I'm fairly new to EJB programming and I came across a roadblock in understanding concurrent access.
I understand that a web page is stateless and that EJB can be stateless or stateful (sessionBean).
What happen if I have two users accessing the same product page over the web and want to modify it. Here is what I think will happen:
1- The two users should see the same product information
2- User1 makes a modification and submit his changes. His changes are processed inside a transaction and commit successfully. User 2 hasn't started a transaction yet.
3- User2 makes a modifcation (he should see product information prior to user1's changes) and submit his changes. His changes are processed inside a transaction and commit successfully but it wipes the changes from user1.
In the example, entityBean are beanManaged.
To overcome this problem, I started thinking about a version mechanism.
If you have any idea on this please reply
The query athat you have asked can occur ian all sort of application including the client server application.
Let us take a simple case which we are all familiar with.
The Flight reservation System. Assume that for a flight only two tickets are available andd ten people are trying to get a ticket for that flight from 10 different places.
Assume that the sytem is not well designed. What happened will all the 10 people will get a postive reply that seat is available. (Assuming that they are requesting at the same time). Two lucky people will get the ticket and for the others at the time of processing the System will throw the Error or inform that Tickets are not available.
So a work wround to this solution is lock the record, when the operator asks for the seats available. So that whatall count displayed in the screen will be valid. So the information passsed to the customer will be valid. But for this the operator must skip that option immediately after use, else the table get locked , preventing others to use it.
So the best solution is Lock the table preventing others to view and unlock it immediately after use. But make sure that the sytem will unlock it automatically safter a certain idle time.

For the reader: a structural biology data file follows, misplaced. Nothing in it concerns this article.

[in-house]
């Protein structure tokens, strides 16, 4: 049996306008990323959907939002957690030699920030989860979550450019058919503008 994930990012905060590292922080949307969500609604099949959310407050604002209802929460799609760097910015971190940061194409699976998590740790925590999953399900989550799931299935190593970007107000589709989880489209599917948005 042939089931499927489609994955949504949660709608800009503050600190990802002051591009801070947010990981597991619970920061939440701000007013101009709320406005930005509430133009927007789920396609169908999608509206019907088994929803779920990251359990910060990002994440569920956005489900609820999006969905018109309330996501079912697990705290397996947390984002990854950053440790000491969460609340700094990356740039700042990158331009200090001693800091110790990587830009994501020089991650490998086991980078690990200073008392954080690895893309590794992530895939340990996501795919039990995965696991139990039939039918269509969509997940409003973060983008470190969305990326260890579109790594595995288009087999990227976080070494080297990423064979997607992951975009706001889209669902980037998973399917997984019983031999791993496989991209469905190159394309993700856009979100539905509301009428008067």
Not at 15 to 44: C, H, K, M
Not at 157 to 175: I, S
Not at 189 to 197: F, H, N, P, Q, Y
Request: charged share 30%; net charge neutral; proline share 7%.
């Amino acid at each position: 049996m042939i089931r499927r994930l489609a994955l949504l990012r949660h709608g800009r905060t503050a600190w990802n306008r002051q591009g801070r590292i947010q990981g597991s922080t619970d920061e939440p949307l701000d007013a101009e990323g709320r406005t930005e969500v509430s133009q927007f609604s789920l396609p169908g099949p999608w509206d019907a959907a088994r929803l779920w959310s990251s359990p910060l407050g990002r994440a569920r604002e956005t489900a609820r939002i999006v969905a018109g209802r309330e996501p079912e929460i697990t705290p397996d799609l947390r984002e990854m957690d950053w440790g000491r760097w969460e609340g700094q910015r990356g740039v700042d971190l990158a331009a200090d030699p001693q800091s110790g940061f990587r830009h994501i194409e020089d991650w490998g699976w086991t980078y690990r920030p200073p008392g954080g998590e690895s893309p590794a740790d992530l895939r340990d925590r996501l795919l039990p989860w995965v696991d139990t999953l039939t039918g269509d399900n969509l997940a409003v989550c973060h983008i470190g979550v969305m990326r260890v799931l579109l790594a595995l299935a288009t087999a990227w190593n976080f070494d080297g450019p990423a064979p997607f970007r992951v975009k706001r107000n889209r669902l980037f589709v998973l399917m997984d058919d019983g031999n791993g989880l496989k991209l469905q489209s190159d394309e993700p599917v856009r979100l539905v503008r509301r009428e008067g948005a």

the question you have asked has got some similarity to the above mentioned application.
In your query you have mentioned that the Web pages are Stateles. But there is a concept called Session or Session Tracking.
For example assume that there is an Online Bank and person logs in , did the transcation and left after logging out. Another person can go to the previous page using the Back button in the Browser and do some illegal transcations. For tracking all these a concept of session tracking is introduced.
In the case of a Session bean, a single Instance of the bean will be used for serving all the client request. that is for the entire session you will be dealing with a single instance of the client.
In the case of stateless session bean, the client will be getting different instance of the bean each time.
thus it is for session tracking, EJB has priovided Stateless as well as Staefl sesion beans.
Another way through which session tracking is possible is using Cookies.
That means if we don't want to places lock on the underlying DB (perhaps other user may perform query/search on the records), then we need to perform some version checking/timestamp to make sure the record have not been modified since last read ?
Other discussion I had around that seems to point in that direction since locking the database is not acceptable to me. If you think back of applications developed in client-server with tools like Delphi and PowerBuilder, the record a user was modifying was cached then compared with the one in the database before commiting the transaction. That's why you would sometime get the "record modified by another user". Using a timestamp or a version is usually less resource consuming.